A not-so sleepy, sci-fi affair.
I’ll start this review out with two qualifications: 1) I’m an absolute sucker for a concept album; and 2) I’m also a massive sci-fi nerd. So, when I opened up the promo stream for U.K. outfit We Never Learned To Live’s second album, 'The Sleepwalk Transmissions', you can probably guess that I was quite excited to find this explanatory tid-bit from vocalist, Sean Mahon:
“I’ve wanted to write a sci-fi short story for a long time and lyrically ‘The Sleepwalk Transmissions’ is kind of the result of that transposed into lyric form… I am a huge Philip K. Dick fan (‘Retreat Syndrome’ is one of his shorts) and I wanted this album to have a bit more of a fictional edge inspired by his works.”
Science fiction themes and old mate “let’s do some psychedelics and write weird shit” PKD? Hell yes! Sign me the fuck up!
Musically, We Never Learned To Live sit in that mid-2000's wheelhouse of brooding, cerebral post-hardcore: think delicate lead progressions, roaring verse-chorus dynamics and wordy lyrical concepts in the vein of genre stalwarts like Thursday and Hopesfall. Or, in their own words via Bandcamp: “Post-rock inspired cathartic misery.” And right from the get-go, ‘The Sleepwalk Transmissions’ positions the listener directly into this frame of mind.
Opener ‘Permafrost’ charges out of the gates with Gary Marsden’s booming drums and plaintive guitar lines from Brett Houslop and David Kane, fostering a dreary and contemplative atmosphere, before Mahon bursts in with mid-range screams and the occasional high note. It makes for a captivating listen early on, picking up the pace with urgent and aggressive guitar passages as the song hurtles towards its inevitable climax. As the album progresses, We Never Learned To Live oscillate within this mode, pairing catchy short numbers for moodier, long form compositions: the soaring choruses of ‘Luma Non Luma’; the spacey, melodic undercurrent of ‘Android Anaesthetist’; the sprawling guitar interplay of ‘Human Antenna’; and the towering crescendo of ‘The Clocks’. It’s a real testament to Mahon’s lyricism, and the pedigree of songwriting on display from We Never Learned To Live overall, that lines like “passenger of the self” ('Luma Non Luma) and “synaesthesia shaping my lungs around/Let the digimeds carry you away” ('Android Anaesthetist') become the backbone of the album’s strongest hooks.
[caption id="attachment_1106987" align="aligncenter" width="1000"] We Never Learned To Live.[/caption]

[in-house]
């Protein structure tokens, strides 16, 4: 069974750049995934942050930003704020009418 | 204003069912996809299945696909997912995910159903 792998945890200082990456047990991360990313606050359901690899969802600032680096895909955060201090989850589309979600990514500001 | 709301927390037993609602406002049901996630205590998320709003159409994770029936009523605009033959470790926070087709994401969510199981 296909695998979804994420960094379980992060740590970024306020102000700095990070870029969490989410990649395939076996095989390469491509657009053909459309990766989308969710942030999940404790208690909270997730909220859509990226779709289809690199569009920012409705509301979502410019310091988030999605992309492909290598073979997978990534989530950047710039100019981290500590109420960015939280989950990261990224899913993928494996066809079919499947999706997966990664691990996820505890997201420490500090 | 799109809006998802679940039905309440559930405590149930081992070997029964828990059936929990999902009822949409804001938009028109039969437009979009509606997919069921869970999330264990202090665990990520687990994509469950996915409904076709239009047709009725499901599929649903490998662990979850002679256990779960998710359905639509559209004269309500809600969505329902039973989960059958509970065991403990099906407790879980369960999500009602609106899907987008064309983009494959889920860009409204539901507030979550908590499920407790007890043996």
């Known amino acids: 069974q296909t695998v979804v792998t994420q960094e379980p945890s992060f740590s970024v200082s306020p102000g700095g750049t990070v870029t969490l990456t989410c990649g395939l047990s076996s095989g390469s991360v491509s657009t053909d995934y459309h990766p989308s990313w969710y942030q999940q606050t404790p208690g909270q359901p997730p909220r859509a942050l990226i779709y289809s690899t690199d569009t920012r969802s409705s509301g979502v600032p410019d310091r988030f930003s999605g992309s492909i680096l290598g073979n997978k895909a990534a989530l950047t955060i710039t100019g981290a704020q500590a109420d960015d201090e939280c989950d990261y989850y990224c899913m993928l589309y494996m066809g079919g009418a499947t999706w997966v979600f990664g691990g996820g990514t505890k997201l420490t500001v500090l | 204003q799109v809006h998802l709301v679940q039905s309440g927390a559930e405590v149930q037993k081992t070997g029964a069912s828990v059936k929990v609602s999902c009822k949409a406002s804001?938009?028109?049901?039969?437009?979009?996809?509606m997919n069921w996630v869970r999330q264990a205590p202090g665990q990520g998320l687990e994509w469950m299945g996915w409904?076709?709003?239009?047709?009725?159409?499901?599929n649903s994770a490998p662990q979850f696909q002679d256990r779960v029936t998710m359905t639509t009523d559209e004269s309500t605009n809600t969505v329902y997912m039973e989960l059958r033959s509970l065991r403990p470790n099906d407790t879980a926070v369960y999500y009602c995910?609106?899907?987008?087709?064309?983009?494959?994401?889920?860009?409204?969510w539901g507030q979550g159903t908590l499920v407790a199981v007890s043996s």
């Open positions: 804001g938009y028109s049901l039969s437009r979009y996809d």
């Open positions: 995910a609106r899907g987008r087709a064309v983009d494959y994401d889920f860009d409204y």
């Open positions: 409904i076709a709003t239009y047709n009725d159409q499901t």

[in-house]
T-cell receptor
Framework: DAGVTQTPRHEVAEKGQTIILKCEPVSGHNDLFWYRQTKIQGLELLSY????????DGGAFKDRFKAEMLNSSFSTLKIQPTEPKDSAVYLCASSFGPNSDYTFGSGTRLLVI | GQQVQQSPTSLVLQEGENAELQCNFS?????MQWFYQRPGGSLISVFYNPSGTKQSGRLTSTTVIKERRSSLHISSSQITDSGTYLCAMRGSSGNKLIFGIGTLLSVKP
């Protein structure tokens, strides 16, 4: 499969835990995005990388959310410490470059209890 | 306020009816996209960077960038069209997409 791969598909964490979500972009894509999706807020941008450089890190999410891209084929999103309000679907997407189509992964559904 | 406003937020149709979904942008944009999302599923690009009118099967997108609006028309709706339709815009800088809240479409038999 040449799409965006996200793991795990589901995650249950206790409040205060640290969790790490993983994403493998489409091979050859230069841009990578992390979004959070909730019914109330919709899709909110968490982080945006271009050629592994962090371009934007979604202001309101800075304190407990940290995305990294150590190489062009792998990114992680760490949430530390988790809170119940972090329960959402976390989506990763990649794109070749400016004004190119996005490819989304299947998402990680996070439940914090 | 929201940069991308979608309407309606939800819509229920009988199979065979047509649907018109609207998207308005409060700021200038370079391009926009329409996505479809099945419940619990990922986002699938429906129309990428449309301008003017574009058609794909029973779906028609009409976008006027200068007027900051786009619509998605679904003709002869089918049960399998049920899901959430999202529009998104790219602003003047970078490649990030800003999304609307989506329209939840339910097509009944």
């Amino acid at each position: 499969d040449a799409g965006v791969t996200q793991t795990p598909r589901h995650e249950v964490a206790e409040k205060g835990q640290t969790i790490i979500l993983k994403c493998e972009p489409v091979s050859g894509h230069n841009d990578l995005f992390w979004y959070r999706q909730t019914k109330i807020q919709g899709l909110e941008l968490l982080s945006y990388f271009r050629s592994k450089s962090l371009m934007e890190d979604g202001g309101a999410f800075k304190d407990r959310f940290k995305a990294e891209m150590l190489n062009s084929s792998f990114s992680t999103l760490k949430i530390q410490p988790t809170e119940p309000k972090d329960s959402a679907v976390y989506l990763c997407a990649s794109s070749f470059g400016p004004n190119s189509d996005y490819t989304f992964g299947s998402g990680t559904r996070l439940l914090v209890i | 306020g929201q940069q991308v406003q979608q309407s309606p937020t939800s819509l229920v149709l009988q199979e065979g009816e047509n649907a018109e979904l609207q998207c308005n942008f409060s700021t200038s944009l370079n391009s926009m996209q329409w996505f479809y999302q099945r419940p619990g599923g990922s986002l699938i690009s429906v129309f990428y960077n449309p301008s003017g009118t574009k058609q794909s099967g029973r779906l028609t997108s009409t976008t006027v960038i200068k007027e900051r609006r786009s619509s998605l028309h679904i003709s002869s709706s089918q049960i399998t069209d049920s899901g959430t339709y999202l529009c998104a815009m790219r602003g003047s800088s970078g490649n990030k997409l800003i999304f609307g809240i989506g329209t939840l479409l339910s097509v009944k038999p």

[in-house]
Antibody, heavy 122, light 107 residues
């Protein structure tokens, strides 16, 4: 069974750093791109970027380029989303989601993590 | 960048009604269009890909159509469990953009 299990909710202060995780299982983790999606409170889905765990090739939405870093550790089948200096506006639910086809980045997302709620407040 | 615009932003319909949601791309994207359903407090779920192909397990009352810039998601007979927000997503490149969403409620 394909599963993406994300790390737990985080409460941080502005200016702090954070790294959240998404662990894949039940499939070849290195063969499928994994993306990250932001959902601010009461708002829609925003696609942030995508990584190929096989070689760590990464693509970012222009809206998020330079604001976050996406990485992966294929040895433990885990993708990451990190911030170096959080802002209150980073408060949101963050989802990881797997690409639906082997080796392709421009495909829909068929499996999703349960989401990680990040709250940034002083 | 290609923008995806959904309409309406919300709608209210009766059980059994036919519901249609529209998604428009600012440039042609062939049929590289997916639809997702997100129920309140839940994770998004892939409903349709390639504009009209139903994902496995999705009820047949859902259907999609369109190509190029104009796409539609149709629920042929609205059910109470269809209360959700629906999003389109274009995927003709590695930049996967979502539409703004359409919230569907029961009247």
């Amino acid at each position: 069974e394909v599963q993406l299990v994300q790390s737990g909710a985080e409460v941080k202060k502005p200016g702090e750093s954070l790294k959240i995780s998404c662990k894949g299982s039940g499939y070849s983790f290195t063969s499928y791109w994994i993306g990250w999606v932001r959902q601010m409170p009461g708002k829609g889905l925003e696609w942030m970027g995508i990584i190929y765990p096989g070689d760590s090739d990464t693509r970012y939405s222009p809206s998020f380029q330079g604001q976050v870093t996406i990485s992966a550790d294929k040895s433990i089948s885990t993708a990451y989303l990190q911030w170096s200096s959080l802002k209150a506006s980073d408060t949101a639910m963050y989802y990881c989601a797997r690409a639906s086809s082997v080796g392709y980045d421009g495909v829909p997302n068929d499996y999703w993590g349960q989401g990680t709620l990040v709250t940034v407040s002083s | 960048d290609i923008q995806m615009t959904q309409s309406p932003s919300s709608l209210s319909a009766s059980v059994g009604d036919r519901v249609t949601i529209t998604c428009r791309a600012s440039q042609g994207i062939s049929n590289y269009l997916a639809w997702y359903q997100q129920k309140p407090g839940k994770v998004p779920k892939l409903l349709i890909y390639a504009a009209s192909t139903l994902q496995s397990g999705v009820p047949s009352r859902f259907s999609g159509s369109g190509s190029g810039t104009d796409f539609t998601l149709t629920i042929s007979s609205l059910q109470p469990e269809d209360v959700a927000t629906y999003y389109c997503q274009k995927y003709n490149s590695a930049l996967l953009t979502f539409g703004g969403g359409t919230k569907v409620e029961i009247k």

Moving through to Side B of the record, ‘Wounds Like Wires’ might just be the heaviest cut with an absolutely pummelling rhythmic mid-section from Marsden and bassist Mark Portnoi, propelled along by chaotic, discordant riffage from Houslop and Kane. Yet as quickly as that storm hits, it’s suddenly gone, with the track descending into a drawn-out, elegiac conclusion. It’s this type of dynamic sleight-of-hand (alluded to previously by their nod to a love of post-rock) that allows We Never Learned To Live to transcend the boundaries of traditional songwriting and keep their unique blend of post-hardcore exciting.
One of the most surprising aspects of ‘The Sleepwalk Transmissions’ is just how much it made me nostalgic for other bands and records I loved, without falling into the trap of ‘carbon copy’ territory. There’s a vocal refrain that Mahon echoes on ‘Retreat Syndrome’ which had me thinking of lines from a deep cut on Funeral For a Friend’s 2008 album, ‘Memory and Humanity’ (easily their most underrated record), which I just couldn’t quite place. ‘Owari’ builds into this lush, powerful soundscape, the kind that recalls The Bled’s ‘Asleep on the Frontlines’ from 2007’s incredible ‘The Silent Treatment’ LP, and ‘Owari’ is definitely an album highlight. It’s also worth noting just how great the sequencing is on this record (a point that has become much more pedantic for me with older age). Every shorter track on the album is balanced by a longer, more expansive cut, which serves two purposes within the Side A/B structure: it helps to showcase the bands’ full dynamic range, whilst keeping the listener in a form of constant tension, as we continue to be drawn into the subtle ebb and flow of Mahon’s sonic sci-fi narrative.
As a closing pair, ‘Digitalis’ and ‘Radio Silence’ help to balance the record's themes and provide a fitting send-off. Here, the former song rolls with wave after wave of harmonised crests and thrumming troughs, whereas the latter ends with delicate hung notes and instrumental wanderings, sliding expertly back into the charge of ‘Permafrost’. Thus turning eleven tracks into a cohesive, post-hardcore time-capsule.
In the press release for ‘The Sleepwalk Transmissions,’ vocalist Sean Mahon describes the intent behind the record’s themes:
“The key ideas the album explores are modern day loneliness, differing realities, the connection of man and machine, our addiction to moving pictures, you get the picture. But it’s definitely not intended to be a preachy, anti-technology, anti-millennial charge… more just an exploration of what lies in store.”
On their second full-length, Mahon and co. have crafted a vibrant and complex soundscape for engaging honestly and authentically with the anticipation of what lies beyond our present human age. And as far as catharsis and misery go, We Never Learned To Live are peddling some of the best in the business right now with their new LP. They're well and truly on their way to affirming their place in the greater post-hardcore pantheon.
‘The Sleepwalk Transmissions’ is out on May 10th via Holy Roar Records - find physical & digital copies here.